Global localization is described as the customization of products produced by companies and franchises depending on the location, meaning that, for instance, one product that is sold globally may vary its ingredients depending on the country where this product is sold. For example, Coca-Cola has a different sugar percentage depending on the product’s country. Hellmann’s mayo uses other oils depending on the country where it is produced. The same happens when you go to a restaurant. For example, Chinese food will taste different if you eat it in China, Sweden, or any other country because those restaurants adapt to the local preferences but still give the distinctive taste recognized globally. The first two examples describe localization, and the last one is an example of globalization.
Nowadays, the population is more aware of globalization and wants to act more locally. So here is a new term invented to describe how the world is evolving: “Glocalization”. Glocalization is a combination of “globalization” and “localization.” The term is used to describe a product or service that is developed and distributed globally but is also adjusted to accommodate the user or consumer in a local market.
Glocalization starts with our 3P plant in Falkenberg, and it means the beginning of the fungi revolution. And, just like our fungi, this type of facility will multiply all over the world. Our indoor process can be replicable in any part of the world. Meaning no pollution in exportations or importations; no issues with the weather or the temperature. We can provide top tier vegan protein and create new products adapting to the needs and demands of the people we are willing to please consider culture, diets, and likings. We want to make a global impact but thinking from a local perspective is critical to fit in any community.
Often, glocalization campaigns involve cultural friendly media and ad campaigns to encourage the acceptance of foreign products among a local audience. However, our product isn’t even foreign. Our product is novel to most of the population, making our “local” approach the most crucial step to global acceptance. We must create products that you like and fit your lifestyle, and we assure you that we are doing it and doing it right.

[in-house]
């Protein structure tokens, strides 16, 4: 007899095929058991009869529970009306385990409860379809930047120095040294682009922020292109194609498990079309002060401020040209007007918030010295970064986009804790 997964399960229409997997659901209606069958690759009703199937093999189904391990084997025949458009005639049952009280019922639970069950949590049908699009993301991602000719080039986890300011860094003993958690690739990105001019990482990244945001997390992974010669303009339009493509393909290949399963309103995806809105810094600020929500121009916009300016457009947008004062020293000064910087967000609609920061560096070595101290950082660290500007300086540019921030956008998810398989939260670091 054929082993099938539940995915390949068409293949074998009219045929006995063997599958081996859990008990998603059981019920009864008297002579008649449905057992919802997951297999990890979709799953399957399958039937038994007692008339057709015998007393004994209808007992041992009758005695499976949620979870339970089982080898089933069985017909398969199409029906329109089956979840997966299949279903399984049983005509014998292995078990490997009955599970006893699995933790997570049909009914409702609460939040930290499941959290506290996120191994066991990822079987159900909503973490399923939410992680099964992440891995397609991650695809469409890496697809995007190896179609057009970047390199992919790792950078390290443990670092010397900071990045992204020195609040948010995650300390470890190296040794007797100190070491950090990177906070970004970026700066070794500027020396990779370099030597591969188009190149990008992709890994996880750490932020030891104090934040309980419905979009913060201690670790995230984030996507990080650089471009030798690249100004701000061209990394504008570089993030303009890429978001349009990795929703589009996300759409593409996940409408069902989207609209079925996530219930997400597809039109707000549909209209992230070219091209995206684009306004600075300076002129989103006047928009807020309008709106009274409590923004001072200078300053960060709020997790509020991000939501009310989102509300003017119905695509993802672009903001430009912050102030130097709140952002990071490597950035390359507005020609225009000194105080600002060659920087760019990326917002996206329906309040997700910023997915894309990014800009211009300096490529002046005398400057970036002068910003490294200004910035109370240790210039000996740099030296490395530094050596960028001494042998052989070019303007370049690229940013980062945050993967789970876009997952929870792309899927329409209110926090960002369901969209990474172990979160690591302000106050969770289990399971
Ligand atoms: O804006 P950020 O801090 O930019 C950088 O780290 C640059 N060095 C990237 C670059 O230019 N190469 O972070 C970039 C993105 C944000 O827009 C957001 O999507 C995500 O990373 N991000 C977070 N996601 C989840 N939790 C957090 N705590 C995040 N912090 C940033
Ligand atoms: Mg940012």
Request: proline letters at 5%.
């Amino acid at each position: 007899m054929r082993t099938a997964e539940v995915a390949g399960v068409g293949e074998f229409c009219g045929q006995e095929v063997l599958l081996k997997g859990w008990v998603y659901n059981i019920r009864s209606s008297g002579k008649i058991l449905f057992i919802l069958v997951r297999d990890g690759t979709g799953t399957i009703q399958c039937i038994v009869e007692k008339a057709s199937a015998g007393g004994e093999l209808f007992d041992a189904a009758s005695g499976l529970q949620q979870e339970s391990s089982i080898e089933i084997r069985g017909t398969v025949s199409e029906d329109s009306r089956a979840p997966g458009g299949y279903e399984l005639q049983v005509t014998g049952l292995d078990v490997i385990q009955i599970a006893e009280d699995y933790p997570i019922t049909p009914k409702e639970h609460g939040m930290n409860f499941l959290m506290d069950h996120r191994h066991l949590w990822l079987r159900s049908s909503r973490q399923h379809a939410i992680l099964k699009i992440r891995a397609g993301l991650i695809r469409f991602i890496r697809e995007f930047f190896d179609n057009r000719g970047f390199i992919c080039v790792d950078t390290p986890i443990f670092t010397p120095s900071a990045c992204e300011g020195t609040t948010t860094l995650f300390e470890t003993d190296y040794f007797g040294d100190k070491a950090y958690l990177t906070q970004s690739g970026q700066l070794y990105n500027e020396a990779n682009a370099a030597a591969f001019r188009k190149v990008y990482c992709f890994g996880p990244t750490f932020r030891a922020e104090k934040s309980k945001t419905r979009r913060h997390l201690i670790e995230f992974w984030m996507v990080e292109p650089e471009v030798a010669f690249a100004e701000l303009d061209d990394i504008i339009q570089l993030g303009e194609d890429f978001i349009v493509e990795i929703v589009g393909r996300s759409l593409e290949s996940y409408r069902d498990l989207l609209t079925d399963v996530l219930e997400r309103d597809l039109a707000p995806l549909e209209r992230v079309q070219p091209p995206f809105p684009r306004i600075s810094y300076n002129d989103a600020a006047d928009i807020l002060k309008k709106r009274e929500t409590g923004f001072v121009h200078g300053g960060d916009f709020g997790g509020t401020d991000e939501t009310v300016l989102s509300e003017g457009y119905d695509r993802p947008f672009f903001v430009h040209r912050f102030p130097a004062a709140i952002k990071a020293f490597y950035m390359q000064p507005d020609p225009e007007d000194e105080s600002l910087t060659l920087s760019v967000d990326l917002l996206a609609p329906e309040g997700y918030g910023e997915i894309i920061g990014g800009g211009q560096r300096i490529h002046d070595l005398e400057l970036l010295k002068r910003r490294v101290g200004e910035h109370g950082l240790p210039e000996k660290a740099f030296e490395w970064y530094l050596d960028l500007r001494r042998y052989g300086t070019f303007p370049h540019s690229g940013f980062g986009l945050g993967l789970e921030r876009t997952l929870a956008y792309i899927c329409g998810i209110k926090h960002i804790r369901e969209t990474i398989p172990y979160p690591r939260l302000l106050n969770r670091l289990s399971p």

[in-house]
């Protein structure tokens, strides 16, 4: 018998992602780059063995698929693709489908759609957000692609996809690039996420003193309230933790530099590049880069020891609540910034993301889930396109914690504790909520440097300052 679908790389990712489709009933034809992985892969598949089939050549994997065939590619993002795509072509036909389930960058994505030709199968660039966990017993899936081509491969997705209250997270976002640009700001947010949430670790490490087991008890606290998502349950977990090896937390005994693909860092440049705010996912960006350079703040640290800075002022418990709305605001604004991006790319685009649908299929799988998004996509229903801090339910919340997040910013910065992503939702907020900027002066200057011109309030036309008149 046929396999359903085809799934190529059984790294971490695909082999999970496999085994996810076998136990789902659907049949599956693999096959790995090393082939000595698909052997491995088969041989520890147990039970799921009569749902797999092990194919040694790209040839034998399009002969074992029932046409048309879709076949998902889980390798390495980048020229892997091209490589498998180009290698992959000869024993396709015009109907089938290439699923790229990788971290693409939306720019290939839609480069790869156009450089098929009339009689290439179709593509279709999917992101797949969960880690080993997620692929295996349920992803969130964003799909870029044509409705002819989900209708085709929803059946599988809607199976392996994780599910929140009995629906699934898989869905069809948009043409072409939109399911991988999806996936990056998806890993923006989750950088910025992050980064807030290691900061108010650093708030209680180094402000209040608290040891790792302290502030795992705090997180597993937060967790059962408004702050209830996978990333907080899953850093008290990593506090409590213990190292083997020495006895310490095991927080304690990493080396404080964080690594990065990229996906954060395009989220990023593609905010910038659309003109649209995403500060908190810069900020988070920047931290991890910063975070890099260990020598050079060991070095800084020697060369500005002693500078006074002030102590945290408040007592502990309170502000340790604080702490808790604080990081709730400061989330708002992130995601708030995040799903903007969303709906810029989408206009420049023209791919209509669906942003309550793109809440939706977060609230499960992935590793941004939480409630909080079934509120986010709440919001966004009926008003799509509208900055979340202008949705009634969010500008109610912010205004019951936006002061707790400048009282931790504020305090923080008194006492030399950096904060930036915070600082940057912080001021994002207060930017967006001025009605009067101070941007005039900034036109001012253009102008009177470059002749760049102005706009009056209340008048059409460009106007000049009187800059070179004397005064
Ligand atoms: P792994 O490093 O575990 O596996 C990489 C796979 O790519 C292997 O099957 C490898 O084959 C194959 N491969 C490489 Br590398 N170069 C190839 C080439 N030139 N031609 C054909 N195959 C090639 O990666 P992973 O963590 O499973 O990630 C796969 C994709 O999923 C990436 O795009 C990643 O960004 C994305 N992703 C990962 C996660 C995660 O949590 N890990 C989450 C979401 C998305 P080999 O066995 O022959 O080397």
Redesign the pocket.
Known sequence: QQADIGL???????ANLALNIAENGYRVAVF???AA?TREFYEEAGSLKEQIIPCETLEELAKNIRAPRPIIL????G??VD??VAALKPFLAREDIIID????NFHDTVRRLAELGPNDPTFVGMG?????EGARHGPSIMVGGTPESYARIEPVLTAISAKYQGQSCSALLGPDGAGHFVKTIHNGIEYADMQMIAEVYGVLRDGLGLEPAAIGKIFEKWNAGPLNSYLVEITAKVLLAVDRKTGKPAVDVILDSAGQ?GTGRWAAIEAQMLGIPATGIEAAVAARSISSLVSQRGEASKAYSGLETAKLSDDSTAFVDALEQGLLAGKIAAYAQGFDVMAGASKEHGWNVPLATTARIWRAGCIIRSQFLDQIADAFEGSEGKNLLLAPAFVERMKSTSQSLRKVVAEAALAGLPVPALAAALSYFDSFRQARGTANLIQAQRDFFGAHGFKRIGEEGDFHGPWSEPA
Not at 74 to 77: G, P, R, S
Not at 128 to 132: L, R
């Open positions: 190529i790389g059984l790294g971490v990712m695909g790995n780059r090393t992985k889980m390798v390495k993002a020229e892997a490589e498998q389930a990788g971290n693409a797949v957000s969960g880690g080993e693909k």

Glocalization is set to be the pillar of the green movement. However, we have adapted to having avocados from Costa Rica, coffee from Kenia, wasabi from Japan or vanilla from Madagascar. And we are not willing to give up on these tasty ingredients because they are delicious, and we made them ours, but all the pollution caused by transportation is something we want to get rid of. So, one of the solutions to this problem is cultivating these products in your own country. This may be possible in some countries and some specific ingredients because the climate conditions are favourable to grow, but our fermentation process doesn’t have this kind of setback. Hence, we can create the best plant-based solution.
Another problem regarding globalization is the creation of monocultures. The plant-based industry relies almost entirely on soy or pea protein, and, to cultivate these ingredients, a lot of land is used, giving less space to indigenous crops. High demand also means high prices, and to lower those prices, more production is needed. To achieve that, many lands must be used with only one purpose: plant-based protein. This is starting to become an issue for biodiversity. The human being can eat around 300,000 out of the 400,000 extant plant species on earth, yet we only eat a mere 200. Mycorena can build a plant-based protein production plant using much less space than any other crop, giving better yields and without compromising the biodiversity of the region where the production plant is built in.
At Mycorena, we think that global localization is the beginning of our long green path to feeding the whole world. Thinking global, acting local.
Joan Lluch Casarramona